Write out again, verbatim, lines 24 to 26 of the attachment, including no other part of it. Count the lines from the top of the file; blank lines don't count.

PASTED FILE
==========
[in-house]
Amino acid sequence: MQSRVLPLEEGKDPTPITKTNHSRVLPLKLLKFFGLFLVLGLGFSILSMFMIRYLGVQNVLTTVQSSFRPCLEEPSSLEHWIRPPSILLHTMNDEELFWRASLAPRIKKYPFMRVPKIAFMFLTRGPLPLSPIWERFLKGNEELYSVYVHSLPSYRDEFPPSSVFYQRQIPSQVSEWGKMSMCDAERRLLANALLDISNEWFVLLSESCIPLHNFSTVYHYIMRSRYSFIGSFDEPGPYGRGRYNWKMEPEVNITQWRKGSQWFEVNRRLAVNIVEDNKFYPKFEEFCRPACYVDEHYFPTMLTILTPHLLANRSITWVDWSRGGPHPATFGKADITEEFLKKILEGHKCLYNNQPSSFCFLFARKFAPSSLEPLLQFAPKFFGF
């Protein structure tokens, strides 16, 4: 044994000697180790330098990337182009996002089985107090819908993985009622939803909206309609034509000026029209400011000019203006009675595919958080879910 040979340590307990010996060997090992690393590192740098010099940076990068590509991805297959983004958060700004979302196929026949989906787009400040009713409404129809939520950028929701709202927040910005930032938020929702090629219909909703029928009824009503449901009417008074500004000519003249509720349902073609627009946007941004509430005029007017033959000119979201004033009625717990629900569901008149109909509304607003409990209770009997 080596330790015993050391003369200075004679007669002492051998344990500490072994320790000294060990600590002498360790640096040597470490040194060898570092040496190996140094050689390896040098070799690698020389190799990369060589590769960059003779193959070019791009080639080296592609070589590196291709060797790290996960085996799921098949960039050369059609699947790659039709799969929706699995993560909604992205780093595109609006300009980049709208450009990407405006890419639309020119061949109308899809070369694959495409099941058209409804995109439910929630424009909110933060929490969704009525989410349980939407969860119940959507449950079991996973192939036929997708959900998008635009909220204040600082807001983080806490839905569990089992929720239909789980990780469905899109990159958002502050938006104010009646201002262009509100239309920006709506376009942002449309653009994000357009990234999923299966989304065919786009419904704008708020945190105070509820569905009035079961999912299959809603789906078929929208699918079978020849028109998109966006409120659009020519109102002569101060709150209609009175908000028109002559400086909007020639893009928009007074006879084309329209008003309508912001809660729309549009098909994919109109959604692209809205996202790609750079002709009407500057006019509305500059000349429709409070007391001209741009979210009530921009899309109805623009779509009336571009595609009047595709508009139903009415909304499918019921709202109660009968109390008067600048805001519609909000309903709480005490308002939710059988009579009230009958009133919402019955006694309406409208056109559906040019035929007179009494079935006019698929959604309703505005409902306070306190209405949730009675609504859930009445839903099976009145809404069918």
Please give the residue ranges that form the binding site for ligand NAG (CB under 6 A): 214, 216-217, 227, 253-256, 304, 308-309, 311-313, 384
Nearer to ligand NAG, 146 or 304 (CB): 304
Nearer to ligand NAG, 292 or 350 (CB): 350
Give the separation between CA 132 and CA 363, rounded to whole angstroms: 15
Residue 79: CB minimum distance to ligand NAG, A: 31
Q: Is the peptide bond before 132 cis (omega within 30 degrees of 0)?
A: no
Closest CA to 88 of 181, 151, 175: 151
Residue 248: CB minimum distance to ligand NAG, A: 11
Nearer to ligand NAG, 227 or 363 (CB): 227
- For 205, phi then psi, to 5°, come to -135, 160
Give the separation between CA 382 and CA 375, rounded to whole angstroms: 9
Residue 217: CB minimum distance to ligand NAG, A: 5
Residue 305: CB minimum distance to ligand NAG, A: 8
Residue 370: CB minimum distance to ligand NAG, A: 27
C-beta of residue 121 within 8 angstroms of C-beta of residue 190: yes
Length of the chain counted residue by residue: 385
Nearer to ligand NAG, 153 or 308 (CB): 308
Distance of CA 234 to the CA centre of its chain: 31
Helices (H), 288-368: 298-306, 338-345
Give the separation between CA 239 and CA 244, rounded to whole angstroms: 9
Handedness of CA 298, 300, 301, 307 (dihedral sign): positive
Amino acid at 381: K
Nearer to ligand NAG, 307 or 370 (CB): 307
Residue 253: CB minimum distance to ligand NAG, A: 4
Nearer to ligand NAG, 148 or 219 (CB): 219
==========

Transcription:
Give the separation between CA 239 and CA 244, rounded to whole angstroms: 9
Handedness of CA 298, 300, 301, 307 (dihedral sign): positive
Amino acid at 381: K